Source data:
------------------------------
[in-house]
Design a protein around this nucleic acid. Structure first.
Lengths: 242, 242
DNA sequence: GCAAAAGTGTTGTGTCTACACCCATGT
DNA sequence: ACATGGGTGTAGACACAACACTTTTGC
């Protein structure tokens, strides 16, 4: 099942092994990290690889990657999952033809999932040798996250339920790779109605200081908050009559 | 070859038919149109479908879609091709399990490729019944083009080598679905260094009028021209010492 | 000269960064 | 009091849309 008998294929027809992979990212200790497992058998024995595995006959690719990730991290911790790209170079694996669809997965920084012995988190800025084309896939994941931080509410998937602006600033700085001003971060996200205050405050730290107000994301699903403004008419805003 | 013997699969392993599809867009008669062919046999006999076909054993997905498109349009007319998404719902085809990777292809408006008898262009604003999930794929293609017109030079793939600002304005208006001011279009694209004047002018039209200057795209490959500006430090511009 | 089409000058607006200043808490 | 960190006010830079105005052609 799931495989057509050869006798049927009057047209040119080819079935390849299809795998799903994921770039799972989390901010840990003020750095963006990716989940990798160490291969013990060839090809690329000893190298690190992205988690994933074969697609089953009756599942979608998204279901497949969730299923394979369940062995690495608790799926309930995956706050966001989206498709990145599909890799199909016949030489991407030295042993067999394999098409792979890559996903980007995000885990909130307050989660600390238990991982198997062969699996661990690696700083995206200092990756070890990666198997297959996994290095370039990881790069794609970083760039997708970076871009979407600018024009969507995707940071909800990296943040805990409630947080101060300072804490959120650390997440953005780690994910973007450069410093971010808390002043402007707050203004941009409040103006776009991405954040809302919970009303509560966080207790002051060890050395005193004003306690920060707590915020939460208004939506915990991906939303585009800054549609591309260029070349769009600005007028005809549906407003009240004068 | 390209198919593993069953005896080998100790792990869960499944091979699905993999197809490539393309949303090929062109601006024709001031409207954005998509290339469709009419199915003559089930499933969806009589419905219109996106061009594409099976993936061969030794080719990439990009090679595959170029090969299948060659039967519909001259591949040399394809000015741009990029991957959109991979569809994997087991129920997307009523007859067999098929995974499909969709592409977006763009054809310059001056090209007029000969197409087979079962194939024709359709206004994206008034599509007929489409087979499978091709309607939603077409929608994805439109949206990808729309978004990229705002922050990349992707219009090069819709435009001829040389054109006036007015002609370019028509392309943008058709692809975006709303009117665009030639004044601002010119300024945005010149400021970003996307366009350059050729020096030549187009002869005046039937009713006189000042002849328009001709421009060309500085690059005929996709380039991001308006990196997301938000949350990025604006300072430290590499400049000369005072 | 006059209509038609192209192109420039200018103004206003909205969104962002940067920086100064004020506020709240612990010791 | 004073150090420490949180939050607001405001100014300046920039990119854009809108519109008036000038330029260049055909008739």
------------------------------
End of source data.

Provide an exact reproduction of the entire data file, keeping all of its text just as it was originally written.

[in-house]
Design a protein around this nucleic acid. Structure first.
Lengths: 242, 242
DNA sequence: GCAAAAGTGTTGTGTCTACACCCATGT
DNA sequence: ACATGGGTGTAGACACAACACTTTTGC
């Protein structure tokens, strides 16, 4: 099942092994990290690889990657999952033809999932040798996250339920790779109605200081908050009559 | 070859038919149109479908879609091709399990490729019944083009080598679905260094009028021209010492 | 000269960064 | 009091849309 008998294929027809992979990212200790497992058998024995595995006959690719990730991290911790790209170079694996669809997965920084012995988190800025084309896939994941931080509410998937602006600033700085001003971060996200205050405050730290107000994301699903403004008419805003 | 013997699969392993599809867009008669062919046999006999076909054993997905498109349009007319998404719902085809990777292809408006008898262009604003999930794929293609017109030079793939600002304005208006001011279009694209004047002018039209200057795209490959500006430090511009 | 089409000058607006200043808490 | 960190006010830079105005052609 799931495989057509050869006798049927009057047209040119080819079935390849299809795998799903994921770039799972989390901010840990003020750095963006990716989940990798160490291969013990060839090809690329000893190298690190992205988690994933074969697609089953009756599942979608998204279901497949969730299923394979369940062995690495608790799926309930995956706050966001989206498709990145599909890799199909016949030489991407030295042993067999394999098409792979890559996903980007995000885990909130307050989660600390238990991982198997062969699996661990690696700083995206200092990756070890990666198997297959996994290095370039990881790069794609970083760039997708970076871009979407600018024009969507995707940071909800990296943040805990409630947080101060300072804490959120650390997440953005780690994910973007450069410093971010808390002043402007707050203004941009409040103006776009991405954040809302919970009303509560966080207790002051060890050395005193004003306690920060707590915020939460208004939506915990991906939303585009800054549609591309260029070349769009600005007028005809549906407003009240004068 | 390209198919593993069953005896080998100790792990869960499944091979699905993999197809490539393309949303090929062109601006024709001031409207954005998509290339469709009419199915003559089930499933969806009589419905219109996106061009594409099976993936061969030794080719990439990009090679595959170029090969299948060659039967519909001259591949040399394809000015741009990029991957959109991979569809994997087991129920997307009523007859067999098929995974499909969709592409977006763009054809310059001056090209007029000969197409087979079962194939024709359709206004994206008034599509007929489409087979499978091709309607939603077409929608994805439109949206990808729309978004990229705002922050990349992707219009090069819709435009001829040389054109006036007015002609370019028509392309943008058709692809975006709303009117665009030639004044601002010119300024945005010149400021970003996307366009350059050729020096030549187009002869005046039937009713006189000042002849328009001709421009060309500085690059005929996709380039991001308006990196997301938000949350990025604006300072430290590499400049000369005072 | 006059209509038609192209192109420039200018103004206003909205969104962002940067920086100064004020506020709240612990010791 | 004073150090420490949180939050607001405001100014300046920039990119854009809108519109008036000038330029260049055909008739």